“After careful consideration and analysis the Ridgefield Housing Authority has decided to to propose a $50 rent increase in both General Apartment Homes and Meadows Townhomes,” said the letter some tenants received. As with any increase, this was a difficult and necessary decision. The increase will allow us to cover operating cost increases, utilities, insurance and to provide the cash needed to perform required repairs and maintenance to the property.

“Your proposed rent increase will be $50 effective July 1, 2020, as applicable based on current rents.”

It went on to invite residents to a meeting with a question and answer period.

Before pandemic

Frank Coyle, chairman of the Ridgefield Housing Authority (RHA), said the rent increases had been under consideration since before the COVID-19 situation, and weren’t scheduled to take effect until July 1.

He added that the Housing Authority would be understanding of tenants who have reduced income as a result of the coronavirus pandemic.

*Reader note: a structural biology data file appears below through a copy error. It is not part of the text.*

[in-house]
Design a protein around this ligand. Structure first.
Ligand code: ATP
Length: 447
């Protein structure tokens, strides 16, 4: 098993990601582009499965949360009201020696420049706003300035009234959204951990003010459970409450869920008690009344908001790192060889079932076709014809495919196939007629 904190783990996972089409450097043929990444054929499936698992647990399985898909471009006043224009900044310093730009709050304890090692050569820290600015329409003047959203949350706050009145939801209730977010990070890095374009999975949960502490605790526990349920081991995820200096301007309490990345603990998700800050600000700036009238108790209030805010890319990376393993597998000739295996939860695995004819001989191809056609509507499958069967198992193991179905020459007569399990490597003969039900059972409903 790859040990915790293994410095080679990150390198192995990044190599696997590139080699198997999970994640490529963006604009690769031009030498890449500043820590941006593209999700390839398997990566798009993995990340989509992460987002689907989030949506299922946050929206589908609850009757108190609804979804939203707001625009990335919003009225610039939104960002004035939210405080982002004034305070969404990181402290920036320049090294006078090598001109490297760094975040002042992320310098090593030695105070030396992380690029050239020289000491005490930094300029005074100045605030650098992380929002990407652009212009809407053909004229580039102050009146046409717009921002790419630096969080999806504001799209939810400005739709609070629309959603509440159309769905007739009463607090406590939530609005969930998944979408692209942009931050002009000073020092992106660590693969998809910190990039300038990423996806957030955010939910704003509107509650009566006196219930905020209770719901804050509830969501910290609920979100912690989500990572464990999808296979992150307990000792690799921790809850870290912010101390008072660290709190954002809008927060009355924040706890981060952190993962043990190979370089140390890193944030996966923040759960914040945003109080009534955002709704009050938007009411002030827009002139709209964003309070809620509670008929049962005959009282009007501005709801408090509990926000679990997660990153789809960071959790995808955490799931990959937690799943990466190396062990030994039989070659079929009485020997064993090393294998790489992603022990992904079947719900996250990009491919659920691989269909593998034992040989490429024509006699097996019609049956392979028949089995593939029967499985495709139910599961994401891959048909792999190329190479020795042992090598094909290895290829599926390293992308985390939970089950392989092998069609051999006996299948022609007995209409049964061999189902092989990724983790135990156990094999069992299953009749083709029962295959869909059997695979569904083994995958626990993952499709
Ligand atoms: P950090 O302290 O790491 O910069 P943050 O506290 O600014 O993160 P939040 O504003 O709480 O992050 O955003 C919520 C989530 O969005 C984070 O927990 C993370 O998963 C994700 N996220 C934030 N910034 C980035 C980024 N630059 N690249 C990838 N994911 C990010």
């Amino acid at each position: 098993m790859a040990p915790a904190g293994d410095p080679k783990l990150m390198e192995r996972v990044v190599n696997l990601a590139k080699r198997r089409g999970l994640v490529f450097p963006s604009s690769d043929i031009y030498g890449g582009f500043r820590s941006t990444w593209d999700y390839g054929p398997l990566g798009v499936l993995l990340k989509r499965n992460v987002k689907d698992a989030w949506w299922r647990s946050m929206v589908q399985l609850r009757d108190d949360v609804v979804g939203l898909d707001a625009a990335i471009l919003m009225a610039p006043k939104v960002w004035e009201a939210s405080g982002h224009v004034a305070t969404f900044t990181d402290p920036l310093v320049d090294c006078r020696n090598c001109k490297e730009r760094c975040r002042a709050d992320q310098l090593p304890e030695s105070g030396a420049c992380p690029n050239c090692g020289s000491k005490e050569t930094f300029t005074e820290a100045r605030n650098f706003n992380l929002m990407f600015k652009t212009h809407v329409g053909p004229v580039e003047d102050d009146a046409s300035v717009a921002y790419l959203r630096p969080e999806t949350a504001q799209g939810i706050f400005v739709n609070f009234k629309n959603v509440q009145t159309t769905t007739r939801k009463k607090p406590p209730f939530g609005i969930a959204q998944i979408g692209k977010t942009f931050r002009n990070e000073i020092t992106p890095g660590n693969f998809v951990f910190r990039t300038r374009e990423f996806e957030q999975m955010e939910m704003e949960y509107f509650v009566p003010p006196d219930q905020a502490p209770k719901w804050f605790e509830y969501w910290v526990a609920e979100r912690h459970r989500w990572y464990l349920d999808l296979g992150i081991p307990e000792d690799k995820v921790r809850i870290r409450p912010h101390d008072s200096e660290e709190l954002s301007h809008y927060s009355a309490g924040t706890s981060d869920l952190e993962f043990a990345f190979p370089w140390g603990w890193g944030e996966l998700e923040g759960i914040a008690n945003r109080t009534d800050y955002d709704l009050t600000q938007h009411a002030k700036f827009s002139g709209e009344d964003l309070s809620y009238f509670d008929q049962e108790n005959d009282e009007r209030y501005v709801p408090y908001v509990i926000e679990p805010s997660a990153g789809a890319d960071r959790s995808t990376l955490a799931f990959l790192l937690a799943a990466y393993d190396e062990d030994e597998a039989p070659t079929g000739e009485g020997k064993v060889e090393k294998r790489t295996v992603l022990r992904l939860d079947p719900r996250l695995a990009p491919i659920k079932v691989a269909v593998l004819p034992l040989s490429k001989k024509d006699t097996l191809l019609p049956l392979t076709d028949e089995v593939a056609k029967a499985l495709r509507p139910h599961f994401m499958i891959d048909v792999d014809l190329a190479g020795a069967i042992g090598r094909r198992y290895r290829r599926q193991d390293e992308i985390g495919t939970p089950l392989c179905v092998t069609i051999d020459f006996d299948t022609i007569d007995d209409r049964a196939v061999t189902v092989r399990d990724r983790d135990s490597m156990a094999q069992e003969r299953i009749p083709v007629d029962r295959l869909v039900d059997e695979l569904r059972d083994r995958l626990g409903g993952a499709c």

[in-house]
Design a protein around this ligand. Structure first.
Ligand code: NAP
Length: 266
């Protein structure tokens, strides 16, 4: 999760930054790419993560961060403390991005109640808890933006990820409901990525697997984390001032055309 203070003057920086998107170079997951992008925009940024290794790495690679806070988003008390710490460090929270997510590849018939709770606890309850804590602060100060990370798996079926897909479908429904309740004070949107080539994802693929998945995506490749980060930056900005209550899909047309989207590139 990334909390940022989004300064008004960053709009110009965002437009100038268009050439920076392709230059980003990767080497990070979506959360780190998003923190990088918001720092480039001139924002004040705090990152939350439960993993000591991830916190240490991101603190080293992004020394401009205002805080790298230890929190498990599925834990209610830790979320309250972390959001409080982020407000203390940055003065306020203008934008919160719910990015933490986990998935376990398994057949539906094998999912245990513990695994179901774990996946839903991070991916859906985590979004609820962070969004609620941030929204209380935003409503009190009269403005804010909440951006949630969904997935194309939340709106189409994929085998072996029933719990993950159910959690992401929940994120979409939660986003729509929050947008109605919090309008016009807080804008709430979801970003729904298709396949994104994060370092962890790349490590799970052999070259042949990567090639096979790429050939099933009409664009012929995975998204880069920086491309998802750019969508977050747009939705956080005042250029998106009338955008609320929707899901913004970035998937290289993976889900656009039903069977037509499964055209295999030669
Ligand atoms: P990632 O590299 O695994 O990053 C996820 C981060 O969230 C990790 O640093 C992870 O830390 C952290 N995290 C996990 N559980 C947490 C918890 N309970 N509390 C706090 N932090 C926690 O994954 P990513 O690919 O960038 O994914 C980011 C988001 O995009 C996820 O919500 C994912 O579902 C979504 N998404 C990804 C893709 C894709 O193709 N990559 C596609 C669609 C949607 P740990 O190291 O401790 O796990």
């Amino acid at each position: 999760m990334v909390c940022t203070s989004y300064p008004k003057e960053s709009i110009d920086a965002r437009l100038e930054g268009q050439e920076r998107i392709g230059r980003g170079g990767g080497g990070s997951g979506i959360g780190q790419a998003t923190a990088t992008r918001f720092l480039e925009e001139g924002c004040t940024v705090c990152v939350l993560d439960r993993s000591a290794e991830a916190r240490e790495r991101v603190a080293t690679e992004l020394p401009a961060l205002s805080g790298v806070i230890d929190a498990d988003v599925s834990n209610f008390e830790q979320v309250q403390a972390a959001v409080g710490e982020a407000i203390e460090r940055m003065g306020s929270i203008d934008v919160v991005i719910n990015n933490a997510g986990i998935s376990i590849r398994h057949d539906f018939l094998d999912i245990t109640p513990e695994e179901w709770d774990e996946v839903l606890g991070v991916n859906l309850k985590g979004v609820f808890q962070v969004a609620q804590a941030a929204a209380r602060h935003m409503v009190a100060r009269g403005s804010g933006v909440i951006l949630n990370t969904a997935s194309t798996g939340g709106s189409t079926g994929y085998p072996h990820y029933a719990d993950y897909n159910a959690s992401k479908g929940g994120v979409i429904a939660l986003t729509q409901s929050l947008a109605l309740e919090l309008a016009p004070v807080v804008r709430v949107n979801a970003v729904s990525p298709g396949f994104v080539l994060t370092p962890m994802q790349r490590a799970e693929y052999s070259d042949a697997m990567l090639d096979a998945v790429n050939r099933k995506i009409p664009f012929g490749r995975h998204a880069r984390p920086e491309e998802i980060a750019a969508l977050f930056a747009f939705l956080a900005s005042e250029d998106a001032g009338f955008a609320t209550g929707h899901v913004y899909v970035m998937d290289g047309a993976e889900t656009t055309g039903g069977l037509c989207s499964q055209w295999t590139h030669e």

Coyle also told The Ridgefield Press that $50 was the maximum increase anyone was getting, and many tenants are scheduled to see smaller rent hikes.

The Housing Authority has 152 housing units — most but not all of it targeted to senior citizens. There are two sites: Ballard Green “housing for the elderly” behind the park, and on Prospect Ridge near Halpin Lane.

The Prospect Ridge site includes the “congregate” or assisted living units in the former novitiate building, as well as The Meadows, which has been described as “workforce housing” not targeted at elderly residents. There are also 38 “general units” found on both sites.

The increases